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Mutational Aberrations Detected in Mucinous Epithelial Ovarian Cancer of Asian Women
  1. Wen Yee Chay, MBBS, MRCP*,
  2. Li Lian Kwok, Msc,
  3. Wen Ning Tiong,
  4. Sai Sakktee Krisna, BSc (Hons)§,
  5. Kiat Hon Lim, MBBS, FRCPath, FRCPA,
  6. N. Gopalkrishna Iyer, MBBS (Hons), PhD, FRCSEd, FAMS§,,
  7. Liang Kee Goh, MTech, PhD# and
  8. Daniel Shao-Weng Tan, BSc (Hons), MBBS, MRCP, FAMS*,§
  1. * Departments of Medical Oncology and
  2. Clinical Trials and Epidemiology, National Cancer Centre Singapore;
  3. School of Biological Sciences, Nanyang Technological University, Singapore;
  4. § Cancer Therapeutics Research Laboratory, National Cancer Centre Singapore;
  5. Department of Anatomical Pathology, Singapore General Hospital; and
  6. Division of Surgical Oncology, National Cancer Centre Singapore; and
  7. # Cancer and Stem Cell Biology, Duke-National University of Singapore, Singapore.
  1. Address correspondence and reprint requests to Wen Yee Chay, MBBS, MRCP, Department of Medical Oncology, National Cancer Centre Singapore, 11 Hospital Drive, Singapore 169610. E-mail: chay.wen.yee{at}


Background Mucinous epithelial ovarian cancers (mEOCs) respond poorly to conventional chemotherapy and have a poor prognosis in advanced stages. The genomic landscape for mEOC in the Asian settings is ill defined. We seek to identify various mutational aberrations present in mEOC and correlate them with clinical outcomes.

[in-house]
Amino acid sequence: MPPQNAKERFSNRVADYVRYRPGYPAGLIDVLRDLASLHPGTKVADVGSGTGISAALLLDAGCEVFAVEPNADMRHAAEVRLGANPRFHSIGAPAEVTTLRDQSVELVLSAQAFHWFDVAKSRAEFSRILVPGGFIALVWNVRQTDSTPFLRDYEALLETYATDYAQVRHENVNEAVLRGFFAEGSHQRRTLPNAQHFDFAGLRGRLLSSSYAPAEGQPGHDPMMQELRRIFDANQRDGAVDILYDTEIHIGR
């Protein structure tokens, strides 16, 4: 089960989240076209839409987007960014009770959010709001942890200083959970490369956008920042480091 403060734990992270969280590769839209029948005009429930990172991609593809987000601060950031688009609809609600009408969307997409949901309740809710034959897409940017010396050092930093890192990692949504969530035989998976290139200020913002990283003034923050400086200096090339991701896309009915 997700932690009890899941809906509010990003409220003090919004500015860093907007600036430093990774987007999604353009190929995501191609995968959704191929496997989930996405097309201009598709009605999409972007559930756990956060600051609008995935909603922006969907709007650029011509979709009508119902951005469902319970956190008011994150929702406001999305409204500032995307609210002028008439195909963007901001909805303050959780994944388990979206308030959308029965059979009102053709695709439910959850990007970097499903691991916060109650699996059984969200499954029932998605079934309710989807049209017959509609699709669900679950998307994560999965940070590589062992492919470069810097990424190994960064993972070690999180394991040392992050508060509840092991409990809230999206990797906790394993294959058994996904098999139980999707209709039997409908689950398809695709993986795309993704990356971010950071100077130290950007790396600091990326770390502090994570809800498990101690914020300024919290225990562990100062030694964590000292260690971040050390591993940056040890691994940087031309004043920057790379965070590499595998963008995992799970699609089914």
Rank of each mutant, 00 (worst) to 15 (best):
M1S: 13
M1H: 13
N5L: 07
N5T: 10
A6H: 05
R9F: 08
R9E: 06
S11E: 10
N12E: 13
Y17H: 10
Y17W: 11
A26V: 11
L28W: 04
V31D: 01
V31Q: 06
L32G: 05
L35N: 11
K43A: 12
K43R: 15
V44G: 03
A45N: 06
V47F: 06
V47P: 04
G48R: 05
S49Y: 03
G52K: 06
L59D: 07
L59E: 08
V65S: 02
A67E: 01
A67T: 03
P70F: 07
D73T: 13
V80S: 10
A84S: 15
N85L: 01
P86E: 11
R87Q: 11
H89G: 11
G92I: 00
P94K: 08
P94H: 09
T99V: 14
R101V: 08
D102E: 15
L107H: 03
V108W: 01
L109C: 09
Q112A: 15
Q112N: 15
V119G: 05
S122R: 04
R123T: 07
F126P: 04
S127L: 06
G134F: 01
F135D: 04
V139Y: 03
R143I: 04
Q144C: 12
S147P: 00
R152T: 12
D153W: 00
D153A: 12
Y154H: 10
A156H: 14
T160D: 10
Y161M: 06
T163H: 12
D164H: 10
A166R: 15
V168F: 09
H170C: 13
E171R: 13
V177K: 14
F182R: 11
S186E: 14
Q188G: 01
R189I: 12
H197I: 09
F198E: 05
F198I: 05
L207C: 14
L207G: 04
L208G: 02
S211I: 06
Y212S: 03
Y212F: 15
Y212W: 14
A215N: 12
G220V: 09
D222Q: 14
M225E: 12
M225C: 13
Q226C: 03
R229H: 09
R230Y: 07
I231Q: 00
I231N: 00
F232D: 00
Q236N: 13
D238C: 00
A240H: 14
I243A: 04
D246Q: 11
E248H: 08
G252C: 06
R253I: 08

Methods A total of 199 cases of mEOC were identified from a prospectively maintained gynecologic oncology tumor database. DNA was extracted and analyzed for KRAS mutations by using Sanger sequencing. Further MassArray sequencing was performed on 45 samples. Clinicopathologic correlation was performed with the results obtained.

Findings KRAS mutation status was evaluable in 124 cases. Fifty-five percent (68/124) were KRAS negative, whereas 45% (56/124) harbored a KRAS mutation, lower than that in Western populations. Successful ascertainment of both KRAS and HER2 statuses by Sanger sequencing occurred for 105 cases. The proportion of the double-positive subtype (HER2+ and KRAS positive) was 8% (8/105); double-negative subtype (HER2− and KRAS negative), 34% (36/105); and cases with mutation in either KRAS or HER2, 58% (61/105). The KRAS mutation rate was 44%, 50%, and 29% among Chinese, Indians, and Malays, respectively. There was no significant difference in overall survival (P = 0.952) or progression-free survival (P = 0.635) between KRAS-positive and KRAS-negative patients. Similar results were observed for progression-free survival (P = 0.206) and overall survival (P = 0.440) when outcomes were examined between the 4 groups based on KRAS and HER2 mutation. Patients in the double-negative mutation subgroup had higher risk for death/progression compared with patients in the other 3 mutation subgroups. Further MassARRAY multiplexed profiling was performed in patients with sufficient DNA material (n = 45) and yielded KRAS mutations (n = 16), PDGFRA mutations (n = 3), PIK3CA (n = 1) and KIT (n = 1), and HRAS, FGFR, MET, and NRAS (n = 1 each).

Conclusions Our study provides further knowledge about the mutational aberrations in mEOC in Asian populations. Neither the presence of KRAS mutation nor their correlation with HER2 mutations influenced outcomes.

  • Mucinous epithelial ovarian cancers
  • KRAS
  • HER2
  • MassArray sequencing
  • Sanger sequencing

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  • The authors declare no conflicts of interest.